First female Army engagement team comes to Fort Bliss
Staff Sgt. Jason Ragucci,
1st BCT, 1st AD Public Affairs:
The Marines started female engagement teams three years ago, and now the Army has adopted the same program.
Capt. Kelly Hasselman is the first commander of the Female Engagement Team detachment for 1st Brigade Combat Team, 1st Armored Division. She is an alumna from the Citadel and has been a Soldier for more than four years.
“Our mission is to engage the Afghan local population, primarily women and children, to build relations and establish contact in order to gain their trust and cultural respect,” said Hasselman.
Correspondent Rosiland Jordan interviewed Hasselman for the Aljazeera English Channel on the differences between the cultures of the U.S. and Afghanistan.
“In America a man can come up and talk to any woman, but in Afghanistan that’s not how it works. Only the male head-of-the-household or family members can talk to the women in that family. That’s where we come in. Our job is to get the women and children’s side of the story and hear their concerns,” said Hasselman. “One of their [Afghan women’s] biggest concerns is security. They want the same things for their family as we do our family. We take the information to our commanders so they can make an all-around assessment that is appropriate to the area that we are in.”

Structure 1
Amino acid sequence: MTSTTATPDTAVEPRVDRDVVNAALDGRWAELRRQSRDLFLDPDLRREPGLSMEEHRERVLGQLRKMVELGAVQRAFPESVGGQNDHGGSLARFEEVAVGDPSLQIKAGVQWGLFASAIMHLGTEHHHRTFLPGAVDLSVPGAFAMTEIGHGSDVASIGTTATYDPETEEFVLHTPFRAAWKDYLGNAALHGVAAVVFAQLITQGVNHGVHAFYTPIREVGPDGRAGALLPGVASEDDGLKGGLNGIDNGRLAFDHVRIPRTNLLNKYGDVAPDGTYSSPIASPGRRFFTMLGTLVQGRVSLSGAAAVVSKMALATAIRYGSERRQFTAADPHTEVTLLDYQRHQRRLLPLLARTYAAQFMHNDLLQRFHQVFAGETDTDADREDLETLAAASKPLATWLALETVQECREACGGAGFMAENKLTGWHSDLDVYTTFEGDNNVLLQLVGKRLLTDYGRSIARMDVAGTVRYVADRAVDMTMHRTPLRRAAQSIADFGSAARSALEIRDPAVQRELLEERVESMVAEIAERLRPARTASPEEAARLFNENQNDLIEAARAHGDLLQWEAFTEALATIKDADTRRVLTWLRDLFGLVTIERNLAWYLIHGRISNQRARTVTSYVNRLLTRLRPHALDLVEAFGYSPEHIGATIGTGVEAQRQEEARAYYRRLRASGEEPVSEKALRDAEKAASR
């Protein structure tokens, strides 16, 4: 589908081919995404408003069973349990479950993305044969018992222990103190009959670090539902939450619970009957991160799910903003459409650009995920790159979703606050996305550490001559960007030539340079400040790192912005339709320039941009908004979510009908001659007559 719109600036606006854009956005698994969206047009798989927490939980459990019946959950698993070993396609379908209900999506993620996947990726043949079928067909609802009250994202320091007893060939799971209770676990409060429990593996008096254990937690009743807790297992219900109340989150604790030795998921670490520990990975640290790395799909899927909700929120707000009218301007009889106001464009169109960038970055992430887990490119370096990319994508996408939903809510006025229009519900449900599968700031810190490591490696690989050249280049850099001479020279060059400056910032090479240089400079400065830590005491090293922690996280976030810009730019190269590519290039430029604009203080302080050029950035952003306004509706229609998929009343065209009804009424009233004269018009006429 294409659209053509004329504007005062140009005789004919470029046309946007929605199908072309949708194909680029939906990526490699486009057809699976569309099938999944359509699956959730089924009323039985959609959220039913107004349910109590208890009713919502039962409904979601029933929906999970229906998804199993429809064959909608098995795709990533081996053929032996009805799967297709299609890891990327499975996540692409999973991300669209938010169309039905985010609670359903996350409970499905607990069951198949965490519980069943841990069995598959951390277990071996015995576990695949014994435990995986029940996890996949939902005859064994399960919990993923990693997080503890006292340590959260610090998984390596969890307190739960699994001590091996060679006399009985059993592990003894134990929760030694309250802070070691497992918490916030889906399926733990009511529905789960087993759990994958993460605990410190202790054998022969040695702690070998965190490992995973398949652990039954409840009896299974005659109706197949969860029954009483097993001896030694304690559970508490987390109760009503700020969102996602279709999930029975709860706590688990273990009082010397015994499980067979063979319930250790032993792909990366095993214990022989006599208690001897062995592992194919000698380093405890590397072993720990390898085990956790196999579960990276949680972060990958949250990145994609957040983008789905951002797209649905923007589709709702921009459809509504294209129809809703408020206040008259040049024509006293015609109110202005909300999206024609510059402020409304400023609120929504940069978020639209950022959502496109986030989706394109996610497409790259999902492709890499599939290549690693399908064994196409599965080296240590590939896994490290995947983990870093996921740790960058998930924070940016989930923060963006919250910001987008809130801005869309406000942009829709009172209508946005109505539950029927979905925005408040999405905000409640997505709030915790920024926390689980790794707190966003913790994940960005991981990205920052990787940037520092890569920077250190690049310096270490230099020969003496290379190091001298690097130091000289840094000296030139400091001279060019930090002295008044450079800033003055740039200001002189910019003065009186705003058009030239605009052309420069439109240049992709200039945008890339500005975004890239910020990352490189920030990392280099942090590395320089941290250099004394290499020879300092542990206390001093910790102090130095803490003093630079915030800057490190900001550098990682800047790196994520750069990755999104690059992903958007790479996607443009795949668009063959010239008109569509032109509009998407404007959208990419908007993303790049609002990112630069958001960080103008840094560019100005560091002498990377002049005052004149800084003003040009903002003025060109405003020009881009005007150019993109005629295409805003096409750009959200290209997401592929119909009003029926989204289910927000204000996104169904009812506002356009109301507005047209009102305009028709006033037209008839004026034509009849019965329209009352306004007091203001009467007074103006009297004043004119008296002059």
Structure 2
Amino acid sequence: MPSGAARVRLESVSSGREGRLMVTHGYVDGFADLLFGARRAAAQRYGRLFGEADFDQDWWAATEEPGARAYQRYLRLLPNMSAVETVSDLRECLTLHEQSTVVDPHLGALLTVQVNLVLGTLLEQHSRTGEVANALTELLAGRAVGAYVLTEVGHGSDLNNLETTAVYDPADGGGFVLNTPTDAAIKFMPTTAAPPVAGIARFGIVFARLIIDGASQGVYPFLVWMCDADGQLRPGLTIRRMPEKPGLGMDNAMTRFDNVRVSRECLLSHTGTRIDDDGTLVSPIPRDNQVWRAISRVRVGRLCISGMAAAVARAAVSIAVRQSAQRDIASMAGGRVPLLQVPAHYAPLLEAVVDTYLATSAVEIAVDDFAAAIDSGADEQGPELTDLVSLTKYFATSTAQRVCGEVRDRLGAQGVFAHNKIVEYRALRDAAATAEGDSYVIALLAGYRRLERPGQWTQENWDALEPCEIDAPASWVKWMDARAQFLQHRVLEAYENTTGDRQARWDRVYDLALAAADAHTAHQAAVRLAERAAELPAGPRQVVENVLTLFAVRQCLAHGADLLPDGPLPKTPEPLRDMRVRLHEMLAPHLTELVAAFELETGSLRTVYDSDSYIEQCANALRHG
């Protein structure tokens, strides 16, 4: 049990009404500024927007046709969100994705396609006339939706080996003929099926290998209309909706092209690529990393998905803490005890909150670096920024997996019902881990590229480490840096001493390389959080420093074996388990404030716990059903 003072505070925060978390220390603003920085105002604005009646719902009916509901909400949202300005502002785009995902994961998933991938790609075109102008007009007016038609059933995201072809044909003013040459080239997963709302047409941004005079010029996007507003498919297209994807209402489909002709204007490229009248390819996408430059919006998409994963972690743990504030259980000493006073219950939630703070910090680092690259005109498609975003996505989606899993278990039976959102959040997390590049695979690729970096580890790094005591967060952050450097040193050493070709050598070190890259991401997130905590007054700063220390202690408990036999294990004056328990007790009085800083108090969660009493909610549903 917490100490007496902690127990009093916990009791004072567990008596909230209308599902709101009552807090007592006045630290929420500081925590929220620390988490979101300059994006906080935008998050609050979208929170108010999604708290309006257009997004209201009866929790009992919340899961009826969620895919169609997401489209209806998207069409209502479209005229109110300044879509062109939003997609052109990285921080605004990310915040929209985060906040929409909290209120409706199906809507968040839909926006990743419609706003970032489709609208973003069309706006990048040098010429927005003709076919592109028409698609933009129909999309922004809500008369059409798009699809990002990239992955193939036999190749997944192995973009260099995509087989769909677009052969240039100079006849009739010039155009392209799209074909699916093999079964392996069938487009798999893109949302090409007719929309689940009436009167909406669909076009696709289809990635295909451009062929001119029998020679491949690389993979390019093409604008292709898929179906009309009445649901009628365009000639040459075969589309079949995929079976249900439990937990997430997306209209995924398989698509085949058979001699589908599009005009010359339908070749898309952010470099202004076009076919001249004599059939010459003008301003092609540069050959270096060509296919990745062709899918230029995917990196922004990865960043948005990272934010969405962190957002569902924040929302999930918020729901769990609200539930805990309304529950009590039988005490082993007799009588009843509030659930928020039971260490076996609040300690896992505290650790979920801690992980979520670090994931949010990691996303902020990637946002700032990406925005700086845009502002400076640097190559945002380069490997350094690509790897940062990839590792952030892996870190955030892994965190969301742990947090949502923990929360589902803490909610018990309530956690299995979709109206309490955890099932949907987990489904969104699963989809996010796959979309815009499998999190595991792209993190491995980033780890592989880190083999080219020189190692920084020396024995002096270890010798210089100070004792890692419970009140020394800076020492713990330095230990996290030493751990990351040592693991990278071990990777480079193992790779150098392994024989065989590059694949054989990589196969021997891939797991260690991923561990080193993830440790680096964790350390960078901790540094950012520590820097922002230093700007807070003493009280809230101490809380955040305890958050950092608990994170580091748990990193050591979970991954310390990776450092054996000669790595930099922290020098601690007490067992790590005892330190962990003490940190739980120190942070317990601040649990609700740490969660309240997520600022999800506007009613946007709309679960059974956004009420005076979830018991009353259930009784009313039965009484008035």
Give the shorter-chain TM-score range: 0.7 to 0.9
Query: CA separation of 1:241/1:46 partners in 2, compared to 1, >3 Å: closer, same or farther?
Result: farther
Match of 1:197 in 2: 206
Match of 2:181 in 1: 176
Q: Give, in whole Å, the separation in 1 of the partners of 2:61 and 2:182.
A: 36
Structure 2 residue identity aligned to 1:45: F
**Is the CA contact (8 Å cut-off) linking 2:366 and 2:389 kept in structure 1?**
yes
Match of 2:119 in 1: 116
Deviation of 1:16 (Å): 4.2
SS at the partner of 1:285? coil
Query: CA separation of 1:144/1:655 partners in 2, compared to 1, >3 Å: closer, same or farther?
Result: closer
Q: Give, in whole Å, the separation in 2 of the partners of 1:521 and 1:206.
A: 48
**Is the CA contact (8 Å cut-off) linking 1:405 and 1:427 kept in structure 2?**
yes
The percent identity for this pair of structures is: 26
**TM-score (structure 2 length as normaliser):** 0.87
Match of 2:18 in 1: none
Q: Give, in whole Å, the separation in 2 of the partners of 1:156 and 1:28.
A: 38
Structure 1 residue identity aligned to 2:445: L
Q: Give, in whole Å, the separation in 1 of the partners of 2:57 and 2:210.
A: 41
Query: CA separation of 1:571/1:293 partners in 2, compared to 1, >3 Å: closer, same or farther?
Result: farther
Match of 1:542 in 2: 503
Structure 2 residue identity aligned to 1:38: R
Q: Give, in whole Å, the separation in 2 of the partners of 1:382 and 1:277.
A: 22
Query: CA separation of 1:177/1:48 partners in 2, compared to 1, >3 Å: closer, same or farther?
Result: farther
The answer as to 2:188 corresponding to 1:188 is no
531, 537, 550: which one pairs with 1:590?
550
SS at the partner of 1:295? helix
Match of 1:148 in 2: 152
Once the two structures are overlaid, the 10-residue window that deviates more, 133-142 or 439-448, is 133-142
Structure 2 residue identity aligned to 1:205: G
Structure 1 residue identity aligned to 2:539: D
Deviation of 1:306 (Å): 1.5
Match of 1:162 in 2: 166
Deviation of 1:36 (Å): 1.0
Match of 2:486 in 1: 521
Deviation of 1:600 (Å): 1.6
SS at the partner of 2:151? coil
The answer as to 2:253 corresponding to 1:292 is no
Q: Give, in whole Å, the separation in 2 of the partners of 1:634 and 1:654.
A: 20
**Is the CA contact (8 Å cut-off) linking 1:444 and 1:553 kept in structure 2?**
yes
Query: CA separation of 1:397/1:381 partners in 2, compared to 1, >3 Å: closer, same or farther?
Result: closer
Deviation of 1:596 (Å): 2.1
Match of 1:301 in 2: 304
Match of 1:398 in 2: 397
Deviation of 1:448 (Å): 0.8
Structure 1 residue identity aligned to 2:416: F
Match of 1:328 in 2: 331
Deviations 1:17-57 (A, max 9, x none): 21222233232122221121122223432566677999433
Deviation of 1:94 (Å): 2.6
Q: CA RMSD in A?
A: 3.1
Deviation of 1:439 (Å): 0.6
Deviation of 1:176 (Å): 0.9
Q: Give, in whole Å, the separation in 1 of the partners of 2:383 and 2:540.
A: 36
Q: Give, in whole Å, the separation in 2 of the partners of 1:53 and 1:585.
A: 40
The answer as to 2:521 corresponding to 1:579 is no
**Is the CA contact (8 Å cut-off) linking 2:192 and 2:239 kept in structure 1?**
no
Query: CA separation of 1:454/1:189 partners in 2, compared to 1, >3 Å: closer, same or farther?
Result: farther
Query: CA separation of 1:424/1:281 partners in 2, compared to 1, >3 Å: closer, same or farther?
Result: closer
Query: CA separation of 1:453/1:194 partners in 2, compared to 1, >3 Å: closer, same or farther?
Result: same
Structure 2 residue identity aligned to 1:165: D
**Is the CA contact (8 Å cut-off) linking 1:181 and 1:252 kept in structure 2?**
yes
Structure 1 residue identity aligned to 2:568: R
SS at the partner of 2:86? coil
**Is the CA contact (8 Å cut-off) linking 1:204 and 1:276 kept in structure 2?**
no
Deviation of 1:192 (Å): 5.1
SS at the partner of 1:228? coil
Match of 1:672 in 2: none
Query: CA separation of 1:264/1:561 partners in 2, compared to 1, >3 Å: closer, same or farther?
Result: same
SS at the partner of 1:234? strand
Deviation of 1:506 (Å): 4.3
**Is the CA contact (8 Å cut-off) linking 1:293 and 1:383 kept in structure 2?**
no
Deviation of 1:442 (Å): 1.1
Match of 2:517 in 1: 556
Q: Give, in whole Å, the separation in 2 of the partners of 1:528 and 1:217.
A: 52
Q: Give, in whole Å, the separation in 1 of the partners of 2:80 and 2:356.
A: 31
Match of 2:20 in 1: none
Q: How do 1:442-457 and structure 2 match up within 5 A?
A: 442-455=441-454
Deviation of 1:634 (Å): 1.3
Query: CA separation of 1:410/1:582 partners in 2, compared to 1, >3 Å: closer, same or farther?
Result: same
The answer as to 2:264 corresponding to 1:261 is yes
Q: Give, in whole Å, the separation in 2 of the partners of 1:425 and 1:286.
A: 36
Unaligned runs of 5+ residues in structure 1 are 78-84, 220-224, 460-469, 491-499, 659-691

Hasselman emphasized the importance of thorough preparation.
“Training is important and essential as well as repetition,” said Hasselman. “Currently, my team is in a 16-week Pashto language training, which will help them engage Afghan women in their host nation’s language. Then, my team will move in to basic combat skills so they will not be a liability to the infantrymen.”
“I’m excited because I get to do something that I’ve signed up for,” said Spc. Jessica Burke, who has been a combat medic for two years.
“I feel my job will be more important than what I was doing and it gives us more of a direct line to what is going on in the Middle East,” said Sgt. Miranda Larsen.
Female Soldiers who volunteer for an FET will not go through infantry training and will not be awarded a combat military occupational specialty. They will follow infantrymen inside Afghan homes to question and converse with women and children who reside there.
Short URL: http://fbmonitor.com/?p=12694